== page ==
iMac G5 (iSight)

Innovation has come back to the iMac. Just as the original iMac introduced USB to the Macintosh and eliminated the floppy drive, the October 2005 iMac G5 introduces the PCI-Express bus for video, DDR2 memory, and an integrated iSight webcam while eliminating the internal modem. Apple took the popular iMac G5, built in iSight, made […]

20″ iMac G5 (Mid 2005)

The May 2005 revision of the iMac G5 got a 200 MHz speed boost, bringing it to 2.0 GHz. Other improvements include an 8x dual-layer SuperDrive, better video, gigabit ethernet, and an ambient light sensor (ALS). 512 MB of RAM is now standard across the line, making the entry-level model more responsive and possibly saving […]

17″ iMac G5 (Mid 2005)

The May 2005 revision of the iMac G5 got a 200 MHz speed boost, bringing it to 1.8 GHz and 2.0 GHz. Other improvements include an 8x dual-layer SuperDrive, better video, gigabit ethernet, and an ambient light sensor (ALS).

iMac G5 (Mid 2005)

The May 2005 revision of the iMac G5 got a 200 MHz speed boost, bringing it to 1.8 GHz and 2.0 GHz. Other improvements include an 8x dual-layer SuperDrive, better video, gigabit ethernet, and an ambient light sensor (ALS). 512 MB of RAM is now standard across the line, making the entry-level model more responsive […]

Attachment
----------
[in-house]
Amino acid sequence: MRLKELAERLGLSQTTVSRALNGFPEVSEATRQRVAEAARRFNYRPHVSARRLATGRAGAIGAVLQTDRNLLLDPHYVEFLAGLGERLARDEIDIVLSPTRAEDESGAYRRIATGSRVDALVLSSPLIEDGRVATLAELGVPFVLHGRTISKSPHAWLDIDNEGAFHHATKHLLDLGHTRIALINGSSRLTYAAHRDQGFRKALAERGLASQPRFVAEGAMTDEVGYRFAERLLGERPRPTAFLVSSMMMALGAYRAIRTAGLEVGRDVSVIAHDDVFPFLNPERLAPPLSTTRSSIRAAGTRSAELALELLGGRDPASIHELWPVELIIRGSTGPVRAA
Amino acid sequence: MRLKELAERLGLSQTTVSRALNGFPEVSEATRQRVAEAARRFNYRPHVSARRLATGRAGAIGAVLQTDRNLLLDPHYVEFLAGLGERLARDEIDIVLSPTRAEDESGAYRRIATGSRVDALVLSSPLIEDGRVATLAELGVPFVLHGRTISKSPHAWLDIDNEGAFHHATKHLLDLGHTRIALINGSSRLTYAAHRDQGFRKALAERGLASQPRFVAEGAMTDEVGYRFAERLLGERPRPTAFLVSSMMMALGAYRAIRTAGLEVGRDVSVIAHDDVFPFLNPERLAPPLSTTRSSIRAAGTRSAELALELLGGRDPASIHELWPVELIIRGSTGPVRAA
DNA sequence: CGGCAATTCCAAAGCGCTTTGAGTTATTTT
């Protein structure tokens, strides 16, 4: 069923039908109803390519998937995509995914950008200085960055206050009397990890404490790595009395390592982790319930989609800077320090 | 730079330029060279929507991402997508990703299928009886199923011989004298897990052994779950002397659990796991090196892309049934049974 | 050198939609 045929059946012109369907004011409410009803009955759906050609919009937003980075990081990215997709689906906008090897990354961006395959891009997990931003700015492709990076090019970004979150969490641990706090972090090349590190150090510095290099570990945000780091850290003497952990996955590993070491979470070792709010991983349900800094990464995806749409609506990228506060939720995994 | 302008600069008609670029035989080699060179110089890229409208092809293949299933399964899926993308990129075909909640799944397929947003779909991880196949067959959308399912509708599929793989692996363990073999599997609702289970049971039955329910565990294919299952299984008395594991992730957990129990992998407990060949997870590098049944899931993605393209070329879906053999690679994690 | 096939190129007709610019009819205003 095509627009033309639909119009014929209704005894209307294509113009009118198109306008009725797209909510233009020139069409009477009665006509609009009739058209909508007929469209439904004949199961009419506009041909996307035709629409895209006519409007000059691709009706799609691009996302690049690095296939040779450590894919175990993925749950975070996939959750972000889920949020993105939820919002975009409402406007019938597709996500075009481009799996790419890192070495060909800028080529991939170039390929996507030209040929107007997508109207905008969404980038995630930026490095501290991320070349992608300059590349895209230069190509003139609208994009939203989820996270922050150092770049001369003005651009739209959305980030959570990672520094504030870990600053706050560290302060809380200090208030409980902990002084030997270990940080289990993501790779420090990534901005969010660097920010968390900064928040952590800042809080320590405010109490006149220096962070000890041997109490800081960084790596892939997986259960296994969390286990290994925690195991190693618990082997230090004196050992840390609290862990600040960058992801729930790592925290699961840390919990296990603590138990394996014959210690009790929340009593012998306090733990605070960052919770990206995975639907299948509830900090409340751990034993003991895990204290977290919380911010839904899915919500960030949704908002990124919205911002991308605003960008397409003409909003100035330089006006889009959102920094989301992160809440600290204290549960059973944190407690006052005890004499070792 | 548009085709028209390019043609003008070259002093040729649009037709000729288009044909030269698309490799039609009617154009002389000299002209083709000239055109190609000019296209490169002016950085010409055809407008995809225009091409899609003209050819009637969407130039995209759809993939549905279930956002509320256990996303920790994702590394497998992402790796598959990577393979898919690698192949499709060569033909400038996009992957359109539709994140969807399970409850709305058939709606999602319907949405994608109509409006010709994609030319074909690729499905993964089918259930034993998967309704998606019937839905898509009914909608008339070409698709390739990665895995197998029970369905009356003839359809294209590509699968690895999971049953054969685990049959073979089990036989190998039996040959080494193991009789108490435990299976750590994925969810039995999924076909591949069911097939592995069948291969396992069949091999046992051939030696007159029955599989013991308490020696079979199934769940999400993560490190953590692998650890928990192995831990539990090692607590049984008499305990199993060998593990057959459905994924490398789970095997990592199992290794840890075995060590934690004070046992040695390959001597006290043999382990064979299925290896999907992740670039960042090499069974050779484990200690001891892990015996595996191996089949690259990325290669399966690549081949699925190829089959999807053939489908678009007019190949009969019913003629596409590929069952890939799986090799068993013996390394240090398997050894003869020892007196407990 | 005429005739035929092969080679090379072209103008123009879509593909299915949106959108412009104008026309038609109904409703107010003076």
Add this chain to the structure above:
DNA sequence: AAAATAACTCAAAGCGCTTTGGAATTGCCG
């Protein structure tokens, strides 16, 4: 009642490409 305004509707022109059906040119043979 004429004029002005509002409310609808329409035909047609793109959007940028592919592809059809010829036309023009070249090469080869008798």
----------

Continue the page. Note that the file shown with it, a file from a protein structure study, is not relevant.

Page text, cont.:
20″ iMac G5 (2004)

Where did the computer go? It’s behind the flat panel display in the iMac G5! And the mouse and keyboard are available as wireless models with Bluetooth (which remains optional and can only be installed at the factory) – that means less cable clutter than most users are used to. Not just smaller and lighter, […]

17″ iMac G5 (2004)

Where did the computer go? It’s behind the flat panel display in the iMac G5! And the mouse and keyboard are available as wireless models with Bluetooth (which remains optional and can only be installed at the factory) – that means less cable clutter than most users are used to.

iMac G5 (2004)

Where did the computer go? It’s behind the flat panel display in the iMac G5! And the mouse and keyboard are available as wireless models with Bluetooth (which remains optional and can only be installed at the factory) – that means less cable clutter than most users are used to. Not just smaller and lighter, […]

20″ iMac G4 (Late 2003)

The biggest iMac to date, the 20″ model has a 1680 x 1050 display – and due to the weight of the screen, the base has to be heavier to counterbalance it. At 40.1 pounds, this is the heaviest iMac G4 yet. Except for the screen size and weight, the 20″ iMac G4 is identical […]

17″ iMac G4 (Late 2003)

The first iMac to reach 1.25 GHz, the 17″ G4 iMac has a wide aspect ratio “cinema” type screen and displays 1440 x 900 pixels – just perfect for DVDs. Along with the 1.0 GHz 15″ model, it’s the first iMac to support USB 2.0, and it’s also the first to sport GeForce 5200 graphics.

15″ iMac G4 (Late 2003)

The last revision of the 15″ flat panel iMac has a 1 GHz G4 processor, a 32x Combo drive, and 32 MB of video memory. Along with the 1.25 GHz 17″ model, it is the first iMac to support USB 2.0.

17″ iMac G4 (Early 2003)

The first iMac to reach 1 GHz, the 17″ G4 iMac has a wide aspect ratio “cinema” type screen and displays 1440 by 900 pixels – just perfect for DVDs. Other improvements over the old 800 MHz model include a slot for an 802.11g AirPort Extreme card, space for internal Bluetooth, 64 MB of video […]